Use Contactless Payment Cards to Reduce Risk of Coronavirus COVID-19

In our third post in the series on a cashless society, Vince Graziani, CEO of IDEX Biometrics discusses the use of contactless payment cards to reduce risk of Coronavirus COVID-19.

Up until recently, consumers were happy to have both cash and contactless payment cards running concurrently, as they felt comforted by the familiarity of having notes in their pockets and purses. Cash tends to be associated with smaller transactions like buying a loaf of bread or a pint of milk. The beginning of the year 2020 and the arrival of the Coronavirus Covid-19 pandemic, however, has already started to change that.

Cash is very unhygienic, as people exchanging cash may not have washed their hands. Contamination gets passed on and shared with potentially millions of others. Cash is also becoming easier to counterfeit and replicate as the technologies available to do it become easier to acquire and criminal gangs become more sophisticated in their methods and networks.

As a result, we have witnessed an exponential growth in the payment technology sector throughout the past decade. People are familiar with contactless payments, and now with the introduction of biometric technology, the idea of a cashless society seems even more within reach. Companies have been pushing the virtues of the cashless society for some time, but it has taken something as seismic as a pandemic to force real change.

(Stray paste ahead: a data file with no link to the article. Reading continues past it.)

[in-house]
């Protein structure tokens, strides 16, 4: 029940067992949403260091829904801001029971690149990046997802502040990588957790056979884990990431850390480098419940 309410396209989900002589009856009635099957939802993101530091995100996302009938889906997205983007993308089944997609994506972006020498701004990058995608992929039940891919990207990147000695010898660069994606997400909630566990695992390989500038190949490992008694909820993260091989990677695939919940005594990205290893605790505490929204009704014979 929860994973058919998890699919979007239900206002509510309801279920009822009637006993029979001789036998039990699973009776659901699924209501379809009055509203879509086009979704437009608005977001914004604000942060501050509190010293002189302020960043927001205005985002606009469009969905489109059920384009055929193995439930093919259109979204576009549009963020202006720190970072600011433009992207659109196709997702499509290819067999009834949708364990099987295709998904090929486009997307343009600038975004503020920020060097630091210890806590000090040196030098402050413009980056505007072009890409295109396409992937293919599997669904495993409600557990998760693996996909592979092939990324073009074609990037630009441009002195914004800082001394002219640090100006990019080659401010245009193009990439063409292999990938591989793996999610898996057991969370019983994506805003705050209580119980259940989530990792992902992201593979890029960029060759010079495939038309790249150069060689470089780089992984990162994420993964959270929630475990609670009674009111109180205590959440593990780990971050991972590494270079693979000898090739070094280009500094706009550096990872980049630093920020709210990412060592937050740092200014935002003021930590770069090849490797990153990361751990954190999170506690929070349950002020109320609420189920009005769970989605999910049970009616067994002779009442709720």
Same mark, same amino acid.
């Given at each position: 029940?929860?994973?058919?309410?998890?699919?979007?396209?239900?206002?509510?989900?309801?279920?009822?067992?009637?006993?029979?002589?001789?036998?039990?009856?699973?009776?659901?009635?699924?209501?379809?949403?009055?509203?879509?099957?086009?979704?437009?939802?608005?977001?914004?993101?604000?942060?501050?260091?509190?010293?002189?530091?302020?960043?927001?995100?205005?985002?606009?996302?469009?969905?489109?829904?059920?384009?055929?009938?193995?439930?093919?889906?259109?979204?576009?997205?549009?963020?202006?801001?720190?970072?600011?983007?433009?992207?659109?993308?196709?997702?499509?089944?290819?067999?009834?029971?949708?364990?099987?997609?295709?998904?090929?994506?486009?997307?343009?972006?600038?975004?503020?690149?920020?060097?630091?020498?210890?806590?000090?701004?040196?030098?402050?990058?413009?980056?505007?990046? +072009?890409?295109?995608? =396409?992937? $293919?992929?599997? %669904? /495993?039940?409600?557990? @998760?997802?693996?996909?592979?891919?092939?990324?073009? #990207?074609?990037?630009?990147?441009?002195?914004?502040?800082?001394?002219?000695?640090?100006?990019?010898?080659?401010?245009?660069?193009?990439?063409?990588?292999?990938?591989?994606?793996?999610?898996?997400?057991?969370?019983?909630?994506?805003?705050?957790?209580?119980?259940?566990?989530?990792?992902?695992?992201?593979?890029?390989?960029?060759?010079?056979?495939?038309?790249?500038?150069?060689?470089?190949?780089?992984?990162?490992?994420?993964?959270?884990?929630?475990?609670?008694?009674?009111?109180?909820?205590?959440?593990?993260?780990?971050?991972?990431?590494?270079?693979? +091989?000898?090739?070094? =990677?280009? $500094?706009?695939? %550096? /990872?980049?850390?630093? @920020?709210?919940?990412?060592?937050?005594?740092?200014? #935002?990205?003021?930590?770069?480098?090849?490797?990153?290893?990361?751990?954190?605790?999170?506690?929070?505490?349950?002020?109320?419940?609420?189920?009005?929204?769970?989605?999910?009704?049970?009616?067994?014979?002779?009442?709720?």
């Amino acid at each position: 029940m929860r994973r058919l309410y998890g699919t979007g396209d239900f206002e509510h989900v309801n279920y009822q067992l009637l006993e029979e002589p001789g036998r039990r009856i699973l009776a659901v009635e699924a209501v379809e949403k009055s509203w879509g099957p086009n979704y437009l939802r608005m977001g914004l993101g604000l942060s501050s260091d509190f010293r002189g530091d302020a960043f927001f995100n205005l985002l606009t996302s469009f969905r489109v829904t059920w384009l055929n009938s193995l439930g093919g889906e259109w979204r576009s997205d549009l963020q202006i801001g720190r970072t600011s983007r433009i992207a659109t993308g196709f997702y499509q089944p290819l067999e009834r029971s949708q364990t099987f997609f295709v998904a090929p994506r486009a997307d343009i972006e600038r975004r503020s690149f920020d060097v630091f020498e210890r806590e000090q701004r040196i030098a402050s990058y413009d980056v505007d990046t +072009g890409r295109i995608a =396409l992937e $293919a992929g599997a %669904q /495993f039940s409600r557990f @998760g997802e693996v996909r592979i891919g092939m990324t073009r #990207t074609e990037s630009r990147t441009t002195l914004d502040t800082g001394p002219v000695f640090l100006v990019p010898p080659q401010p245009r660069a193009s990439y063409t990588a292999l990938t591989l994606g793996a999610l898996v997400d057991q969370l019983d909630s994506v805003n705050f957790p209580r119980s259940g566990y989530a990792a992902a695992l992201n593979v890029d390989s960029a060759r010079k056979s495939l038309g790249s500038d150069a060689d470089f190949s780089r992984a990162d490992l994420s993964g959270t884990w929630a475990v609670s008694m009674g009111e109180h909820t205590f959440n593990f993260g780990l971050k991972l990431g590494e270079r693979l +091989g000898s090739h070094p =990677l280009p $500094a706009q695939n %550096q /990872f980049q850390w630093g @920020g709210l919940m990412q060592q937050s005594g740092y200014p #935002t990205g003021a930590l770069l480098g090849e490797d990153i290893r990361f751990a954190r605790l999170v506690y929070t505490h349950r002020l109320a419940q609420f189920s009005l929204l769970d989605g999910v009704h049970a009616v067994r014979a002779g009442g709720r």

According to Demitry Estrin, the founder and CEO of ‘The Futurist Group’, a financial services consultancy, ‘The coronavirus could be the tipping point needed for contactless in the U.S.’ [1] What he means is that this global emergency could force people to change an age-old habit and some habits need an extra push to make the change.

As biometric technology improves with every innovation, living in a cashless society now makes more sense than ever. Prior to the Covid-19 pandemic it was true that countries were already in the process of reducing their dependency on cash, however, highly sophisticated biometric security measures have increased our trust and reliance on cards.

On-card biometrics ensure that the cards remain entirely personal to the holder, with no contaminatory behavior required in order to use them. This is in contrast to shared biometric devices such as entry system fingerprint sensors.

Before the pandemic, Sweden was noted for being an excellent example of how the switch to contactless can be made. Sweden only conducts 2% of its transactions with cash and even though the option is still there, it would appear that most people are choosing to pay by card. The switch to biometric payment cards and the extra security and reassurance they offer makes the change almost inevitable.

People have toyed with the idea of using payment cards to reduce the associated risks with cash, but as one CEO of the company, Electronic Transactions Association states, ‘People default to what’s familiar, unless there’s something to jolt you out of it.’

It would appear that jolt is now here [3].


The previous post in our series on a cashless society looked at how the COVID-19 pandemic is bringing biometric identification one step closer.